Ten million acres of public land in California deserts are under a new management blueprint with the U.S. Department of the Interior’s approval of the Record of Decision for the Desert Renewable Energy Conservation Plan (DRECP) in September.
The new landscape-level plan being implemented includes designation of use zones and management directives for renewable energy, resource conservation, and outdoor recreation. Plan completion was announced September 14 in Palm Desert by U.S. Secretary of the Interior Sally Jewell, U.S. Bureau of Land Management (BLM) State Director Jerry Perez, and California Energy Commission (CEC) Commissioner Karen Douglas.
This marks the completion of DRECP’s Phase 1 for public lands. DRECP’s ongoing Phase II focuses on private lands.
“For public lands, the signing of the Record of Decision is an important milestone and marks the start of implementation,” said Dudek’s Mike Howard, who has served as lead conservation biologist for DRECP for the past 7 years. “Renewable energy projects on public lands will be easier to develop because the plan provides greater certainty for developers working on BLM lands.”
The plan incentivizes and streamlines renewable energy development in mapped development areas on BLM lands and provides regulatory coverage for federally endangered and threatened species, such as the California condor and desert tortoise.
Understanding the New CMAs is Key
Howard said the plan also protects millions of acres of the California desert and establishes on those lands a new set of resource management rules, referred to as Conservation and Management Actions (CMAs), which are a central element of the BLM DRECP Land Use Plan Amendment.
“CMAs provide clarity on how vast expanses of desert lands will be managed going forward, including management for biological and cultural resources, outdoor recreation, and mineral extraction,” said Howard, who helped author the CMAs. “As implementation begins, in-depth knowledge about the CMAs will greatly help private and public entities navigate the new plan.”
Howard said Phase II focuses on privately held land in regions such as the Imperial Valley and the West Mojave that have significant renewable energy potential.
“Privately owned lands are not addressed by the BLM documents that were just approved,” he said. “DRECP Phase II strives to integrate state energy planning into local land use planning structures, like general plans, to effectively streamline renewable energy development in concert with resource conservation.”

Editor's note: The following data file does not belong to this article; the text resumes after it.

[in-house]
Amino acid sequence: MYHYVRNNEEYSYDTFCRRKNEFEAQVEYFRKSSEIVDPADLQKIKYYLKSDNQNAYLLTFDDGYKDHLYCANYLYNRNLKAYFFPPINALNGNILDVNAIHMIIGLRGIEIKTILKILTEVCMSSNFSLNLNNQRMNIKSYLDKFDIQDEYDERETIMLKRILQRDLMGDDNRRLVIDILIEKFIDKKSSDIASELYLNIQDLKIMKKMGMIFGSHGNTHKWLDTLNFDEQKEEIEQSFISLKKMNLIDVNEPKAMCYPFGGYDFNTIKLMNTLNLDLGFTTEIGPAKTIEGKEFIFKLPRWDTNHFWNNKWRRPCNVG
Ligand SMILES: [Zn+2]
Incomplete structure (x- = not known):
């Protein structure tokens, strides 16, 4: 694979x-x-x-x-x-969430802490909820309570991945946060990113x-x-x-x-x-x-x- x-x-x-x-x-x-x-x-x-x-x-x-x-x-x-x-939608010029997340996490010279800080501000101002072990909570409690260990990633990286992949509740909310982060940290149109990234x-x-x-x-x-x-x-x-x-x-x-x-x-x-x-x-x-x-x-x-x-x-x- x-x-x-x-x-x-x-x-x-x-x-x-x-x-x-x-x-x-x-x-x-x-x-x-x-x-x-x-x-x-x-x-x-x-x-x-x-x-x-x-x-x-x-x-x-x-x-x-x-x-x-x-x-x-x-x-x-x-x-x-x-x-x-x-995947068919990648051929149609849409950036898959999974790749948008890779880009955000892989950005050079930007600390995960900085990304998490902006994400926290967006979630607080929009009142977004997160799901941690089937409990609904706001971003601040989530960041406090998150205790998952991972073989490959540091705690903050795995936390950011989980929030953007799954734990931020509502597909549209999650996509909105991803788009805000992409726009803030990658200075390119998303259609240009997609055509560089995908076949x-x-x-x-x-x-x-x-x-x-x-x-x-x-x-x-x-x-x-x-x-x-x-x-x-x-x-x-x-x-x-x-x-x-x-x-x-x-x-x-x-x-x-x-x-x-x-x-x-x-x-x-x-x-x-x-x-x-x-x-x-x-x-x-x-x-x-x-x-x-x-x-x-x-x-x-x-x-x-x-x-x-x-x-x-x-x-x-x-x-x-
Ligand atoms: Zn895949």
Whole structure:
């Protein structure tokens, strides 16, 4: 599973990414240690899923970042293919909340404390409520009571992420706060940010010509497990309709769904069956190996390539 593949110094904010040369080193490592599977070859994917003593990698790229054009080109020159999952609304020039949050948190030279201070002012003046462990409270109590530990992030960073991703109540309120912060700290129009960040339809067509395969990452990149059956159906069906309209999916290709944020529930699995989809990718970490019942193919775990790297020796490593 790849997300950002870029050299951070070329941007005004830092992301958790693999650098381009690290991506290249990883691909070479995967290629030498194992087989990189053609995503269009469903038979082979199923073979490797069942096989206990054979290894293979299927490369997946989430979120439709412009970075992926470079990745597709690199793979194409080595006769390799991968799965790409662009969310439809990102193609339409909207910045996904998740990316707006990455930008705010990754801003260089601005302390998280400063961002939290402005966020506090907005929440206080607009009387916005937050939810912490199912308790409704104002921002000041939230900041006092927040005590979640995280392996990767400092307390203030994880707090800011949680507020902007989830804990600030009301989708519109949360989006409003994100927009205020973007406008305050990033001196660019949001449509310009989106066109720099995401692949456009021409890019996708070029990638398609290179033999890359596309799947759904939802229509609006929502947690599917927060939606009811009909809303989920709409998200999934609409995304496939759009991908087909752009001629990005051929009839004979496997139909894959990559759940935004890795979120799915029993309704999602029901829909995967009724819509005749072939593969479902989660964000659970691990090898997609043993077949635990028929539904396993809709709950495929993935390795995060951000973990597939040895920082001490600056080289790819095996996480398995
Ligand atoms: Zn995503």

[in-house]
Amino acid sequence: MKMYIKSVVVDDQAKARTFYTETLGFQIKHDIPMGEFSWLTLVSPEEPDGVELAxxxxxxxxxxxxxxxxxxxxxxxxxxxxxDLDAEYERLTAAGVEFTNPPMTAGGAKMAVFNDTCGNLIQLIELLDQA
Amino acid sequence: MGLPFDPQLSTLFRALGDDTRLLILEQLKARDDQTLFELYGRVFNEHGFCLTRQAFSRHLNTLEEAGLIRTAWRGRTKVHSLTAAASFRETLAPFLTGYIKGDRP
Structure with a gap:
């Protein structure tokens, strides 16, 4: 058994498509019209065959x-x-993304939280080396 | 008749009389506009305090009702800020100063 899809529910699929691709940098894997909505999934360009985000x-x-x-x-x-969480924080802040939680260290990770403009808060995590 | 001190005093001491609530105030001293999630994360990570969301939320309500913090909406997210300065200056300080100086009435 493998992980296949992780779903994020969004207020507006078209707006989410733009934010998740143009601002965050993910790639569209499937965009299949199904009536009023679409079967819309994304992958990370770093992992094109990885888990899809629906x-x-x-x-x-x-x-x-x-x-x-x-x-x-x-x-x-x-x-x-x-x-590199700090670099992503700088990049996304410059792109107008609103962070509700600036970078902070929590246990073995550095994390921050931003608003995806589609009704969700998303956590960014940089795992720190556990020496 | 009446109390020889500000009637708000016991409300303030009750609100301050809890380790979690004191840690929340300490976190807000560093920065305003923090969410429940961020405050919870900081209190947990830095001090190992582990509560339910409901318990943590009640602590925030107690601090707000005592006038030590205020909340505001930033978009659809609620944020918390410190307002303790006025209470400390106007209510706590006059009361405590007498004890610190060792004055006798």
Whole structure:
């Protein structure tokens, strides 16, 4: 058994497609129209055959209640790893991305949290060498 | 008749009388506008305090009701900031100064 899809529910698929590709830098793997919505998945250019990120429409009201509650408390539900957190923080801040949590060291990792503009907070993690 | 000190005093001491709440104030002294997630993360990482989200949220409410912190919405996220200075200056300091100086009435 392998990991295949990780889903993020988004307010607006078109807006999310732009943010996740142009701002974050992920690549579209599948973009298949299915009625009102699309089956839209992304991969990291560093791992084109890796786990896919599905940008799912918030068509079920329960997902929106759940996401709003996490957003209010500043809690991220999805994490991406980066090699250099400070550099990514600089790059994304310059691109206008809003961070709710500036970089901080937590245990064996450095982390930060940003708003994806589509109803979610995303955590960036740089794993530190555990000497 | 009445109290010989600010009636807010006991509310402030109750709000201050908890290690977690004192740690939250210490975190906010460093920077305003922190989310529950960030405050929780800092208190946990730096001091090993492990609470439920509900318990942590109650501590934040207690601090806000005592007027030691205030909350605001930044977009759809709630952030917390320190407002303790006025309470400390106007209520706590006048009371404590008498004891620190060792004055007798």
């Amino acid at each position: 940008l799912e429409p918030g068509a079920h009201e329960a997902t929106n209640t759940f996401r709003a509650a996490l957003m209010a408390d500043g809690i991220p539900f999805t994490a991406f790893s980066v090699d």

Recent passage and signing by the Governor of AB 2087, focused on Regional Conservation Investment Strategies (RCIS), adds another tool for Phase II implementation.
Regional Conservation Investment Strategies
Assembly Bill 2087, recently passed by the California State Legislature and just signed by Governor Brown, provides an innovative new planning tool to assess regional habitat conservation needs to guide future conservation investments. The new law would authorize public agencies to develop regional conservation investment strategies (RCIS) to inform science-based, nonbinding, and voluntary habitat conservation actions that advance the conservation of focal species. RCIS do not permit impacts to endangered species like habitat conservation plans or natural community conservation plans; however, these strategies are designed to streamline development review and approval processes. By establishing a regional mitigation structure of state-approved mitigation options and credits, the RCIS tool shows great potential to increase certainty for development and infrastructure projects while advancing regional habitat conservation objectives.
Managing Massive Public Comments and Document Publication
In addition to providing the lead biological consulting, Dudek also managed the massive documentation and publication effort.
The Draft DRECP published in September 2014 stretched to more than 12,000 pages. The public input received on the document was unprecedented, yielding more than 14,000 comment letters from federal, state, and local agencies; Native American tribes; community groups and nonprofit organizations; and individuals.
To manage the response effort to so many comments, Dudek’s publications group developed a secure project website with a categorized database for every comment received. The site was accessible to agency and consultant staff, allowing for a collaborative effort that kept the project on schedule. The site’s other useful tools included an index of all comment letters received, the comment letters themselves for easy reference, and template files for the writing team, which greatly streamlined what otherwise could have been a daunting process.
The latest DRECP publications—the BLM Record of Decision and Land Use Plan Amendment—totaled more than 2,400 pages.
“One key to completing a project of this size is to determine exactly what the client needs in terms of document organization and presentation,” said Steve Taffolla, who has served as the project’s lead technical editor and publications coordinator for more than 4 years. “It is also important to consider distribution requirements when publishing a document of this size, especially since most members of the public will access the files digitally.
Previous DRECP documents required publishing hundreds of files, many of which were large and complex, on agency websites. Dudek worked closely with agency staff to ensure that files were as user-friendly as possible by adhering to strict file-size requirements and federal accessibility standards.”